Arianna Huffington and others on the future of media
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‘Sorry we started late,’ James Rainey announced. ‘There were a lot of people who wanted to get in here once they saw Arianna’s helicopter circling.’
Rainey, an L.A. Times media columnist, moderated Sunday’s panel, “Media: Where Do We Go From Here?” which featured writer Marc Cooper, editors Sharon Waxman (The Wrap) and Andrew Donohue (Voice Of San Diego) and the doyenne of new media herself, Arianna Huffington, editor of the Huffington Post.
Earlier this month, Huffington announced the new nonprofit Huffington Post Investigative Fund, which will support pieces that ‘range from long-form investigations to short breaking news stories and will be presented in a variety of media, including text, audio and video. And, in the open source spirit of the Web, all of the content the Fund produces will be free for anyone to publish.’
Apparently, she doesn’t see this as being in direct competition with more traditional news outlets; she said that newspapers and websites could coexist peacefully by ‘integrating the inevitability of technology.’
But old media outlets -- including organizations like the L.A. Times, the N.Y. Times and the Washington Post -- were painted early on as craggy strongholds of institutionalism that deign only to let certain voices be heard. New media organizations, we were told, provide new and very necessary public forums where the gatekeepers of the press could be surpassed by citizen journalists with handy tape recorders and low-overhead websites like the Wrap and the Annenberg School’s digital news website.
Sharon Waxman, who had a post up on the Wrap about the panel just a few hours after it concluded, was previously employed by not one but two ‘towers of arrogance.’ At the panel, she said, ‘only when you work at the New York Times do you understand how the New York Times is part and parcel of the establishment, rather than an engine for pure accountability or for transparency among other pillars of the establishment. It is the establishment.’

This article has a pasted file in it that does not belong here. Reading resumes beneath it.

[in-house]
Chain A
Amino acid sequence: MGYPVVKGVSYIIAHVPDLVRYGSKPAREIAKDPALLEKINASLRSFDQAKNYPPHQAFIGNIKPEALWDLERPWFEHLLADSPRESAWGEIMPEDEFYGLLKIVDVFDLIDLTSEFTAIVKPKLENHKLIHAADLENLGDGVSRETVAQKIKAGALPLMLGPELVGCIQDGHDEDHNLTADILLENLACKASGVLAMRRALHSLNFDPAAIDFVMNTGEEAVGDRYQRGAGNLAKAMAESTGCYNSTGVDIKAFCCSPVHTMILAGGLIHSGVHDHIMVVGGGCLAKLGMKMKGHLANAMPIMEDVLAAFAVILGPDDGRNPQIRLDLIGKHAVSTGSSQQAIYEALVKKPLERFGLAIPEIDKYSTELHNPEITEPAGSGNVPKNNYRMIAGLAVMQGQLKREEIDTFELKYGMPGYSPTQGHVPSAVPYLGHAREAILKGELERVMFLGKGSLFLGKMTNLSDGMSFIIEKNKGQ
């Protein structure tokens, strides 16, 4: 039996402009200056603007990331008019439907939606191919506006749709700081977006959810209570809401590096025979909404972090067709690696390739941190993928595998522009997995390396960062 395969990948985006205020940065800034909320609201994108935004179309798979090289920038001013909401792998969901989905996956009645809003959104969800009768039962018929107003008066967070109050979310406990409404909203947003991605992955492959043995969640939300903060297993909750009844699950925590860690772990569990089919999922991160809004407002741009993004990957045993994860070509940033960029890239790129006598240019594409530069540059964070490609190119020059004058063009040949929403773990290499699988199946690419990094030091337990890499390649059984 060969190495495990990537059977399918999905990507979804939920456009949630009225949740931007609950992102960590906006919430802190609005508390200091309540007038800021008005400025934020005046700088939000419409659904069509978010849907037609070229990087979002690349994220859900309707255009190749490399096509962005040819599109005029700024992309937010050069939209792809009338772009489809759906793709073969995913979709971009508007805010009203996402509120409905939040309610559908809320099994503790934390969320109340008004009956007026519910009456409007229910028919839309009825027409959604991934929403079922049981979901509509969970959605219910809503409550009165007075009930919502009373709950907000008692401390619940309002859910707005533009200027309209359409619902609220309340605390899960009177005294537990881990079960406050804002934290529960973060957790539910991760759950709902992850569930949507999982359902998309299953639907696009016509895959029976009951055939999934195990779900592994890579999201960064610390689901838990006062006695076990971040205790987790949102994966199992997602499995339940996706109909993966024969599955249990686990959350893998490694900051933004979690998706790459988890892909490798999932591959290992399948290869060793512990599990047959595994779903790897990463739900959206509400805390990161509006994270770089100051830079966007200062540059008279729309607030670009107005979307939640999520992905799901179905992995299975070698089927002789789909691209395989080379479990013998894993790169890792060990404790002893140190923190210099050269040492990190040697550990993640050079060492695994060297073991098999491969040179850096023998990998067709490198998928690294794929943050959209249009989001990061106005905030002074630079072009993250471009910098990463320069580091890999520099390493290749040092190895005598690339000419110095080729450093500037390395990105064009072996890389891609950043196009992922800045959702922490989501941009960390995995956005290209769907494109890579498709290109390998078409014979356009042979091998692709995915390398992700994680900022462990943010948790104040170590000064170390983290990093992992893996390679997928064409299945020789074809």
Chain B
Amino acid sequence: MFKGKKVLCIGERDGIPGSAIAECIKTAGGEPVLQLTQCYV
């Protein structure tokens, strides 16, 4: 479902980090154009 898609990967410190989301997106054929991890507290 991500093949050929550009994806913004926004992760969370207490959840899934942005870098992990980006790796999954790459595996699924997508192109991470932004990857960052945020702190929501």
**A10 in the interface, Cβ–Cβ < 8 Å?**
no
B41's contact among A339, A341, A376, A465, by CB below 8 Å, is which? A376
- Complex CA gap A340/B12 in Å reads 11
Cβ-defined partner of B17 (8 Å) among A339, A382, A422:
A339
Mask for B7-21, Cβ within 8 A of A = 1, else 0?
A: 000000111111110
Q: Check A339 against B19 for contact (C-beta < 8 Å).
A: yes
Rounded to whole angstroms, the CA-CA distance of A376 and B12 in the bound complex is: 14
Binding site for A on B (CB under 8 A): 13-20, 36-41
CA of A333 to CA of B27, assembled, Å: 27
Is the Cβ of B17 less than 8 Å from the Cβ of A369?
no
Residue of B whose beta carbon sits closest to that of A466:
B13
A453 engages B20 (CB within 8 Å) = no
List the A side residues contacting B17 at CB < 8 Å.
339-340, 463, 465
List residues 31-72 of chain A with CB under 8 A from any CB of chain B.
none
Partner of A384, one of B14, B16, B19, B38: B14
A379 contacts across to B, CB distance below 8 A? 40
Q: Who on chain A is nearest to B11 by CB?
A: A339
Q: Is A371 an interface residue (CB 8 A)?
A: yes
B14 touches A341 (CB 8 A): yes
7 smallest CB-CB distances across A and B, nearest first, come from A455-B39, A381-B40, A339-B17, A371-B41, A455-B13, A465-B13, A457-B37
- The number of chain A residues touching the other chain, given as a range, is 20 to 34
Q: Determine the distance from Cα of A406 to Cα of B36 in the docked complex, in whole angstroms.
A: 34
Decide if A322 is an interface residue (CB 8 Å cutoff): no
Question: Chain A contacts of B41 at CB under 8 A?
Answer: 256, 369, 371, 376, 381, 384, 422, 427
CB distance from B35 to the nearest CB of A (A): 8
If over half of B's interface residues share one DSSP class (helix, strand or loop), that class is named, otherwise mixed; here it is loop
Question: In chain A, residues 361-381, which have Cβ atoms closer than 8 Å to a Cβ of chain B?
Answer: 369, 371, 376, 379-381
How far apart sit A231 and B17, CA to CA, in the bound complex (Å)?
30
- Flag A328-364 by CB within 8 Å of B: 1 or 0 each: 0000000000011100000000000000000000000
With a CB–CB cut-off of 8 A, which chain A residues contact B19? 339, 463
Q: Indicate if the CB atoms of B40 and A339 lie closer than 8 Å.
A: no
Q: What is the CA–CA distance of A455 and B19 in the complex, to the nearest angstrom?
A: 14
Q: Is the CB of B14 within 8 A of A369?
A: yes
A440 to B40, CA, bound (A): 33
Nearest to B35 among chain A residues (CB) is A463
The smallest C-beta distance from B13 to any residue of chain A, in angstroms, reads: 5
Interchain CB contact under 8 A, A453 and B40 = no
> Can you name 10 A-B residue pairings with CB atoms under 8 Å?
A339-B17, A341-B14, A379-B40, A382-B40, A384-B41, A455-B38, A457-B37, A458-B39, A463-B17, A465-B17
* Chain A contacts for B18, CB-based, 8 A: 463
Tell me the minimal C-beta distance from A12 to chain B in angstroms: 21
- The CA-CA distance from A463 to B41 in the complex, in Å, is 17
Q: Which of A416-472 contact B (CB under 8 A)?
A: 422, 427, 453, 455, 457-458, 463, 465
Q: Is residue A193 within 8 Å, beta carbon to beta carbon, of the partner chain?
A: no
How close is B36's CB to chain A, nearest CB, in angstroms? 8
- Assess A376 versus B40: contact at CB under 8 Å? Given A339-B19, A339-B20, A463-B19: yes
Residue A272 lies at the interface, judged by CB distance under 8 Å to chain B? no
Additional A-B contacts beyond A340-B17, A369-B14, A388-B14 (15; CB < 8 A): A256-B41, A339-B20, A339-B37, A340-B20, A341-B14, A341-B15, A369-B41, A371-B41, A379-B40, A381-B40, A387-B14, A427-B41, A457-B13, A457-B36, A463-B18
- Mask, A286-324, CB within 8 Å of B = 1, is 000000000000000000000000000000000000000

Marc Cooper, who reviewed the ‘demise’of his old LA Weekly stamping grounds in January, compared the present cultural atmosphere to that of 1490, not long after the Gutenberg printing press had been invented. Cooper noted that the printing press, built nominally to distribute copies of the Bible, led directly to such non-Christian events as the creation of secular humanism and the French Revolution. Progress begets progress, it seems. “I will take mass amateurization, or the mass democratization of publishing any day,” he said.
It was Andrew Donohue, editor of the 4-year-old local news website Voice Of San Diego, who offered the most salient point of the afternoon. It’s after the jump.
“All the great stories that were done by reporters at the L.A. Times, the New York Times and the Washington Post … those were done by individuals,” Donahue said, stressing that news organizations are, after all, staffed by people with mouths to feed and bills to pay, not by ‘some massive, monolithic robot’ that magically stalks through the hills of Afghanistan, or stays up late thumbing through tax filings.
He brought the debate over methodology and ethics and accessibility and economics back, if only briefly, to the human level.
Voice of San Diego has made it its bread and butterto go after stories that affect both the politics and the community of San Diego. It’s done so in a surgically specific manner that is breathtaking in its wonkishness.
James Rainey, a media columnist for the L.A. Times, wrote, ‘Because it doesn’t have to print newspapers, Voice of San Diego puts the majority of its $825,000 annual budget into salaries for its 11 journalists, who make from $35,000 to roughly $70,000 and focus on government, education, law enforcement, real estate and science. It’s up to the Union-Tribune to give the comprehensive view of California’s second-largest city -- with coverage of the arts, sports and other topics Voice barely touches.’
‘It wasn’t about replacing the newspaper and it also wasn’t about saving some sort of failed business model,’ Donohue explained. ‘It was about the competition. The competition is still amazingly important. It’s still about who can get the biggest and the best stories.’
Much of the success of its model can be traced to Buzz Woolley. A retired venture capitalist and philanthropist, Woolley was upset with the lack of local and city coverage in San Diego after the city’s two newspapers, the Evening Tribune and the San Diego Union, merged. Woolley provided the startup money for an online-only venture and partnered with Neil Morgan, a former Union-Tribune writer. Counting Woolley and Morgan, it has five directors on its board.
But the question remains: If not a philanthropist like Buzz Woolley, who or what will swoop down to save the people of the news business?
The consensus of Sunday’s panel was that any kind of paid or subscription-only system of content walls will never work, given the notion that the public at large refuses to pay for anything it once got free. However, as Huffington pointed out, people are more than ‘willing to pay for porn’ on the Internet. ‘Decreasingly!’ Waxman interjected, adding that the Wrap covers the adult beat as well.
All four panelists shared the distinction of writing and publishing for online formats that don’t require printed matter and, like it or not, aren’t going to go away. This was more than fine with a packed-house audience that sat through more than an hour of debate that was, in equal parts, newspaper whipping party and self-congratulatory Internet tent revival.
-- George Ducker